Tom– your comment on the crowing versus the actual results resonated with me. I think there is more fallout from this issue than you have even covered. If you notice in that Village Voice article Port Ambrose was referred to as an LNG delivery project and not the opposite, which is how the antifracking activist world has referred to it for nearly a year now. I happen to believe this issue needs resolution in NY state. The level of misinformation that is coming from the activists is alarming. The pattern has been that the longer the issue is dragged out the more incoherent the arguments and activism has gotten. The increasingly hysterical and upside down messaging from these activists does nothing for citizens who are not activists which is most of the population. If you want an example of increasingly bad information there is probably nothing more instructive than the websites of the Coalition against the Rockaway Pipeline and the Sane Energy Project. Not only did these folks basically convey completely nonfactual information, they also buried the only real controversy about the Rockaway project which had nothing to do with fracking but with the leasing of historical property in Floyd Bennett Field as part of this project. As background Tom, these historical structures were in disrepair and for those who believe a good deal was made, restoring those structures on the companies dime was seen as a benefit for the park. No matter where one stands on that lease and whether an appropriate or beneficial deal was negotiated by NPS and politicians, the fact is that their were differing opinions about this lease by people other than antifracking activists including NPS employees. My interest in this project has to do with my being a user of the park which has nothing to do with the fracking issue. It was this issue as well as the fact that citizens and park users learned about the bill necessary for this project and the lease after all the congressional testimony on it had already occurred that were and are my primary concerns and this is true for others as well. This particular gentleman likes to bill his photography as photojournalism. It is much more like advertising for his network of friends. This video and the radon bill is also enlightening. My reading of the bill itself is that it doesn’t apppear to even be designed to do what it purports to do at all and this hearing seems completely lopsided . Both industry and agencies with working knowledge on the topic for example are absent. I think the bill and the time spent at the hearing look like a gigantic waste of public servant’s time–which actually has a cost. Not resolving this issue has a cost.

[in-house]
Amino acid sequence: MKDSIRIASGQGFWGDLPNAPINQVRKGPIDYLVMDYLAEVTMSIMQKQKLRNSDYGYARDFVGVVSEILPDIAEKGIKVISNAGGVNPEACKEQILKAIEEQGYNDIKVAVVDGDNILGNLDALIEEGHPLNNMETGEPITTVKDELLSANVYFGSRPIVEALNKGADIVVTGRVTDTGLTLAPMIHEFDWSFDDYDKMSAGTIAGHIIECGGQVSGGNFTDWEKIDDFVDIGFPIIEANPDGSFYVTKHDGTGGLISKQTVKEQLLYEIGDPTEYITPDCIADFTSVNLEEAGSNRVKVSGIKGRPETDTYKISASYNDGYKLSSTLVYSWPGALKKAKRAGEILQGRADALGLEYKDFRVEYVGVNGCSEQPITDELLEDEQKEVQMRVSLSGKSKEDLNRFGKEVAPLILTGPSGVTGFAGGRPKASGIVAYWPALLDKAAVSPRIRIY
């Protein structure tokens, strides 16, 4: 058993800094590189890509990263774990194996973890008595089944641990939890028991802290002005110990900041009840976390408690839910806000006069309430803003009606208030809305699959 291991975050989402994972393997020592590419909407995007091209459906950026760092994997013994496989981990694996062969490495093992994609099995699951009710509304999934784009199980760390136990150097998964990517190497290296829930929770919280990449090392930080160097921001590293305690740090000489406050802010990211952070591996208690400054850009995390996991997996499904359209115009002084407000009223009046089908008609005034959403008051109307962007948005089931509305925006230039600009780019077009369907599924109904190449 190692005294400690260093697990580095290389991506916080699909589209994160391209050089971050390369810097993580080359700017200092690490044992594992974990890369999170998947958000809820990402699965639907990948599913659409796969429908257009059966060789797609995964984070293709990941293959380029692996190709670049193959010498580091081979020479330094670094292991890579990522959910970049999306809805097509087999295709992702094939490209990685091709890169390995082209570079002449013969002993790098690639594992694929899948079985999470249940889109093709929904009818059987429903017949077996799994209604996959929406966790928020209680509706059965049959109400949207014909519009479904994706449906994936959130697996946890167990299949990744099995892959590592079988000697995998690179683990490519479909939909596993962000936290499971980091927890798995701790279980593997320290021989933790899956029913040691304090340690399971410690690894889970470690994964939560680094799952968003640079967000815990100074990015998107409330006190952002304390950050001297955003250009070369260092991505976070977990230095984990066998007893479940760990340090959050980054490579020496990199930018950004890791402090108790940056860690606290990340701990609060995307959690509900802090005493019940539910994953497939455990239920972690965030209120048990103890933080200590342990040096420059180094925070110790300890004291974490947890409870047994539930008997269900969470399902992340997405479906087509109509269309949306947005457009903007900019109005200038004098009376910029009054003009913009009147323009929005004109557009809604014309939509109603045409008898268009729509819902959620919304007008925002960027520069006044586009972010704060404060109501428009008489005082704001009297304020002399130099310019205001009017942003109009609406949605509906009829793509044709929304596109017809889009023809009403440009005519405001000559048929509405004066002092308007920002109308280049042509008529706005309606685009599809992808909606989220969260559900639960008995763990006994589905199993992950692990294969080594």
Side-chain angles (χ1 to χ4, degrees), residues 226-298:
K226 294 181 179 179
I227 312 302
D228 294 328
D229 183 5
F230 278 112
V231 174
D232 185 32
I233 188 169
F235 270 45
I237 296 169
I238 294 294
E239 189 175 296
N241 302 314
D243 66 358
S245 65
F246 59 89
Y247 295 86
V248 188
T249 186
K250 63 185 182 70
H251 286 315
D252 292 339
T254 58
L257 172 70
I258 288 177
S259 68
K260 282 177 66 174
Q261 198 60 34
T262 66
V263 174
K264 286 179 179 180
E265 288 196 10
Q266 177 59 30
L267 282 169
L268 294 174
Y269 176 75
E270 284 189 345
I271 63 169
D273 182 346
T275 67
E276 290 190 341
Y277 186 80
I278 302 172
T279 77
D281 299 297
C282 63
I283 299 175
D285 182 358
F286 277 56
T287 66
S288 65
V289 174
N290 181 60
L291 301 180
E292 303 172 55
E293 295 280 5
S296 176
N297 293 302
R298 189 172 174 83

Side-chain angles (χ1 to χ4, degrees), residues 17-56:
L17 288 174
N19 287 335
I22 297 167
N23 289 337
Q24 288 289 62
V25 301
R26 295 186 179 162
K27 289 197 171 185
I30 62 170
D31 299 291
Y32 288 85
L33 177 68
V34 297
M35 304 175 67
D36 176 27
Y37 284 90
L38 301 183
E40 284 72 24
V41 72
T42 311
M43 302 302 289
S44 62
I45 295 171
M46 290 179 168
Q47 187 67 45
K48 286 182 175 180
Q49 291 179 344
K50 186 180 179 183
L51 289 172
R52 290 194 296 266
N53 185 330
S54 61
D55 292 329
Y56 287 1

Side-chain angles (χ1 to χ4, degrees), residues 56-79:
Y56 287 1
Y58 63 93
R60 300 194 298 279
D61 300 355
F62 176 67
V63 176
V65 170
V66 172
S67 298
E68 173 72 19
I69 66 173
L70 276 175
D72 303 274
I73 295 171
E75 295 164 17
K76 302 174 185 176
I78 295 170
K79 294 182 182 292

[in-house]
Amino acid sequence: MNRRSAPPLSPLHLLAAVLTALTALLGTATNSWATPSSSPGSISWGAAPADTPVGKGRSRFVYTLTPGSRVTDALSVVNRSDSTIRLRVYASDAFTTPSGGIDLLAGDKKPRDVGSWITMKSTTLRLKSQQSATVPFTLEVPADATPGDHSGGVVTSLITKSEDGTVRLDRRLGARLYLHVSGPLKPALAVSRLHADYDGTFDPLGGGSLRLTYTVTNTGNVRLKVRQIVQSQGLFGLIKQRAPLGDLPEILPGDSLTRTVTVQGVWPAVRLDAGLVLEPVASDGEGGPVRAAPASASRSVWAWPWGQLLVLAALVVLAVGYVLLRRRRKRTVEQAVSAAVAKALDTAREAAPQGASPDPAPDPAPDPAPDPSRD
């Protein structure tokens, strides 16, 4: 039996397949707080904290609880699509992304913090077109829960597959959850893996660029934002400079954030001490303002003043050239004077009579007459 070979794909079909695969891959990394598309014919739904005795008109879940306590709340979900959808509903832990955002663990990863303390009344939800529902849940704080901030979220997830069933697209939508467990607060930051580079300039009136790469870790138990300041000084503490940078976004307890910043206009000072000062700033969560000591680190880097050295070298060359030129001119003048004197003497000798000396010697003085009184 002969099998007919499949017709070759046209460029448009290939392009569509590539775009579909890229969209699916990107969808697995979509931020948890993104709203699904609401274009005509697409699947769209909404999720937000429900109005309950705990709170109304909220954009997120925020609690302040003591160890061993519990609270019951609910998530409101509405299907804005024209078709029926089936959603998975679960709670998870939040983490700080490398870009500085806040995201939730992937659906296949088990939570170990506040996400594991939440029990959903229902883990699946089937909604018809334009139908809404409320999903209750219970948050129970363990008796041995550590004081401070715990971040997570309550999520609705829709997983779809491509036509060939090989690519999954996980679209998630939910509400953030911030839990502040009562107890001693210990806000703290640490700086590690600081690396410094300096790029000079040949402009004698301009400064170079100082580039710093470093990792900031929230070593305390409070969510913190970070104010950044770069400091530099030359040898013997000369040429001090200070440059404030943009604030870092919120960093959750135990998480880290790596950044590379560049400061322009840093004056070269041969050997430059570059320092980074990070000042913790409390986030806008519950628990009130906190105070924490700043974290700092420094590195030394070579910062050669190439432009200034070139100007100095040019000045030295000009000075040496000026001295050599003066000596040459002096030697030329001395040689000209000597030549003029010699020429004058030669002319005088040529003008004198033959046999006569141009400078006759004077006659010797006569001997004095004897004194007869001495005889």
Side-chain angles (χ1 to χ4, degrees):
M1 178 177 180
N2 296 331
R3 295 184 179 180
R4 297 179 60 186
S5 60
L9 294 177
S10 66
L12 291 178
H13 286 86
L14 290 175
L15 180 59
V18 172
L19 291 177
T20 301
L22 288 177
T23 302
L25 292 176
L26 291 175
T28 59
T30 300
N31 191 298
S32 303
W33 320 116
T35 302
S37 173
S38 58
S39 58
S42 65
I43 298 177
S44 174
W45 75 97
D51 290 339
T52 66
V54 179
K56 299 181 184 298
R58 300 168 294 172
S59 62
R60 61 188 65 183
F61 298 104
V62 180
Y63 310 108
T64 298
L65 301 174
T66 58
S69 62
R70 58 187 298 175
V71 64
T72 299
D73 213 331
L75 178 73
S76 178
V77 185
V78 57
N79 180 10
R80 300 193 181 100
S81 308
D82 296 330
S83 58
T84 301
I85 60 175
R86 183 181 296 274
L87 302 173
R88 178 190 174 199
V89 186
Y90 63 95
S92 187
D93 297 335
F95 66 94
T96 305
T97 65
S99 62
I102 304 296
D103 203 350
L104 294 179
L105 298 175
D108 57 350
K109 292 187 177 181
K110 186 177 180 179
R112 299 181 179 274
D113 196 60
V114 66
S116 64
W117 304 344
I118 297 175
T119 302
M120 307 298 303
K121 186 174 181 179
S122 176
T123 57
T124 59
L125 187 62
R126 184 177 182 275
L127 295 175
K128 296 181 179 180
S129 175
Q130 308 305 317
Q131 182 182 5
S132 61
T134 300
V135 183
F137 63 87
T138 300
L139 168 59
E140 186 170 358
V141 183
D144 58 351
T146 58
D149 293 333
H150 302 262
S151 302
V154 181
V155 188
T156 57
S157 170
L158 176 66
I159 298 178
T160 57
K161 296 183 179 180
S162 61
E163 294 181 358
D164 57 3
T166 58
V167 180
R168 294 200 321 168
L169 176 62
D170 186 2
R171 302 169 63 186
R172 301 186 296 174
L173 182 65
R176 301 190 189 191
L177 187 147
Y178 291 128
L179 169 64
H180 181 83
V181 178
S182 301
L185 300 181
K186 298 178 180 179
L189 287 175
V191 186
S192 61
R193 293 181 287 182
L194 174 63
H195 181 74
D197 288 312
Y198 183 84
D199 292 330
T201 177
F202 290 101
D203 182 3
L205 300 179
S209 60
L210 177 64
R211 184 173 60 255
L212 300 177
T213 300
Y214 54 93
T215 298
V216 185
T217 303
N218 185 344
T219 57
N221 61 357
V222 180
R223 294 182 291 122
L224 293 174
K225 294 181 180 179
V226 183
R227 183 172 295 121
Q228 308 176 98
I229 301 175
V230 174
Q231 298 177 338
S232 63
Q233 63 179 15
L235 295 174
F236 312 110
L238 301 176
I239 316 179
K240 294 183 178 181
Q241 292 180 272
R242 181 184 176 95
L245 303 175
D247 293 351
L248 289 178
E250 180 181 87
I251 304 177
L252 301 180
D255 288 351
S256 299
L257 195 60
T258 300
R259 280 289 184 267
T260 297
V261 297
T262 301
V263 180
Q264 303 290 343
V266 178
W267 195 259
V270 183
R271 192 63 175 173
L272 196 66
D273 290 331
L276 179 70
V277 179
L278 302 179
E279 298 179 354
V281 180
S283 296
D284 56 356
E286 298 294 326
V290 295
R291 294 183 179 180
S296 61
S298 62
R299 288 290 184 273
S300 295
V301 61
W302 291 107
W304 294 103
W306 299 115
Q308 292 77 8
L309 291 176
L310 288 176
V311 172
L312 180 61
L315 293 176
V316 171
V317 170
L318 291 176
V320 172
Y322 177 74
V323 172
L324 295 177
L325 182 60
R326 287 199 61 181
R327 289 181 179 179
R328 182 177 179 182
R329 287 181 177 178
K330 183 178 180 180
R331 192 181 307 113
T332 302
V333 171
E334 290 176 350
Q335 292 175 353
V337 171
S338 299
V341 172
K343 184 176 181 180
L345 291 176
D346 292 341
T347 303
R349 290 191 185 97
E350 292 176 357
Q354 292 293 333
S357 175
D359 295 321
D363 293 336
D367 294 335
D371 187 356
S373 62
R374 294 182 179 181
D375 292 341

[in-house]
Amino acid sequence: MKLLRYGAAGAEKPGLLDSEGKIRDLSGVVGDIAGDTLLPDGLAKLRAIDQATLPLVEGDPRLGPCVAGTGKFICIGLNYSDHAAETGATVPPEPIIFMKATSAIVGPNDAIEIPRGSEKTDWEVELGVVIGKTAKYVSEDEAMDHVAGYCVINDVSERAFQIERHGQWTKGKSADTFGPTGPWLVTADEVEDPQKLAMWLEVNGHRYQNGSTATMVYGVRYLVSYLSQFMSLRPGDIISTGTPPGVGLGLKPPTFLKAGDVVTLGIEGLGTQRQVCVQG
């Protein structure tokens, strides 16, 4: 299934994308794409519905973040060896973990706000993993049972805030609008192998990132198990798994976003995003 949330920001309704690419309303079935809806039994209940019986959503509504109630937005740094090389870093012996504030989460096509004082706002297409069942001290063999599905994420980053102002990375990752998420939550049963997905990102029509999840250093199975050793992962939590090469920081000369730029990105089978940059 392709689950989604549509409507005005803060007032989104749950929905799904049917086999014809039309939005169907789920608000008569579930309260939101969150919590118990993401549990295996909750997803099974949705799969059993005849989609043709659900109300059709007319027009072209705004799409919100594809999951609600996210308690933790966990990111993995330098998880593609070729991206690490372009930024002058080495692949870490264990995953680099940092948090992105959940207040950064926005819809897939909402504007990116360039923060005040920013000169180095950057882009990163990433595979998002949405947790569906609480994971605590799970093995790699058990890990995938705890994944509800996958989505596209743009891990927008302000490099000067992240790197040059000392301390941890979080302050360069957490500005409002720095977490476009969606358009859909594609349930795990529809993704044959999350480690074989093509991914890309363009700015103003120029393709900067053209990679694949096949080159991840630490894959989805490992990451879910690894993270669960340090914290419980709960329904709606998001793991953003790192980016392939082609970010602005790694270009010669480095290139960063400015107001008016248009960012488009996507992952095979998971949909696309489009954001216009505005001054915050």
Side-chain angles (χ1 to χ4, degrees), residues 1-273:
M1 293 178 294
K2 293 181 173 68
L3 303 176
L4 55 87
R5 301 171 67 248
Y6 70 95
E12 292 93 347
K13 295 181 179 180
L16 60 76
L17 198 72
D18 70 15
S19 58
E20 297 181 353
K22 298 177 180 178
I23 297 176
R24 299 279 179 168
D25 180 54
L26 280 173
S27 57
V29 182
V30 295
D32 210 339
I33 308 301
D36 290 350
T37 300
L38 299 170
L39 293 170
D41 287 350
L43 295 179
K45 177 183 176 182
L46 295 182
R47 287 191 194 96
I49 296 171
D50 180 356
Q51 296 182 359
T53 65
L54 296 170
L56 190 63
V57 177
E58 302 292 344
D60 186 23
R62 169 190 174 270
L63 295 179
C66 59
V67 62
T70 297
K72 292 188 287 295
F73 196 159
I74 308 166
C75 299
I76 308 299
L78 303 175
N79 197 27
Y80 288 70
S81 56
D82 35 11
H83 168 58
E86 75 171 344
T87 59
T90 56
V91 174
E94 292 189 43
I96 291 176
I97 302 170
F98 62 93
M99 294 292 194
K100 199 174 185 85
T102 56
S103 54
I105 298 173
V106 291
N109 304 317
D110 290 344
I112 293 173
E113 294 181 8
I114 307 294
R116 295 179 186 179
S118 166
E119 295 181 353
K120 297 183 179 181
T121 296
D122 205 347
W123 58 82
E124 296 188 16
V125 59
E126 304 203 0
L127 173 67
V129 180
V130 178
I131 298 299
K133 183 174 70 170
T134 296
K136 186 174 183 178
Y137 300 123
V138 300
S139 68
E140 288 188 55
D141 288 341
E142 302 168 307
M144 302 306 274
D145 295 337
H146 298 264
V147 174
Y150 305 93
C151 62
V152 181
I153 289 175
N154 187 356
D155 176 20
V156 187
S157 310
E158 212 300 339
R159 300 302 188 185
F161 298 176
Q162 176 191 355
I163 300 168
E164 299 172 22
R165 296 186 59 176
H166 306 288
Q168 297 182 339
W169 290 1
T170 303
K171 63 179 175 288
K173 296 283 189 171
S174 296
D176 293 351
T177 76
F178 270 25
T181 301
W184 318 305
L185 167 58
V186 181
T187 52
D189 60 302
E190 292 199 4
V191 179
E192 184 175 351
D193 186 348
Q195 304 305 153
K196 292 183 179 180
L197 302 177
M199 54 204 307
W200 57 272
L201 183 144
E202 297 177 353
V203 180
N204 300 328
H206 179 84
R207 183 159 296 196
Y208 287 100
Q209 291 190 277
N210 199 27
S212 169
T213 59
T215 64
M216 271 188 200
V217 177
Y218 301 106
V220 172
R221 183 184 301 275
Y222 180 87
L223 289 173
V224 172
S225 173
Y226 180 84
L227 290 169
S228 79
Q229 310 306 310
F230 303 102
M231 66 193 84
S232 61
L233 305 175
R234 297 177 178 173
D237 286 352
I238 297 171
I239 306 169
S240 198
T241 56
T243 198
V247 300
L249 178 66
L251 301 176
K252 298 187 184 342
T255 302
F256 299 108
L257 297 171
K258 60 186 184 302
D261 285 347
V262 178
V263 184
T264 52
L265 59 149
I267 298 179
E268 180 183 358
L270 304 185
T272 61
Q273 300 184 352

Tom–I can name too many of the people in this picture and specific myth or misinformation they have personally been responsible for. When I say that activists have done almost nothing but spread misinformation on the rockaway project I mean this from beginning to end and in every way possible at ever step of the way. When I say this is a small world, I mean it. .

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  6. Hey Karen, this is the debris from the Solyndra debacle. Their rational is to broadcast a lie long enough and loud enough and maybe, just maybe, someone will believe it. Wait to you see them choke on this one.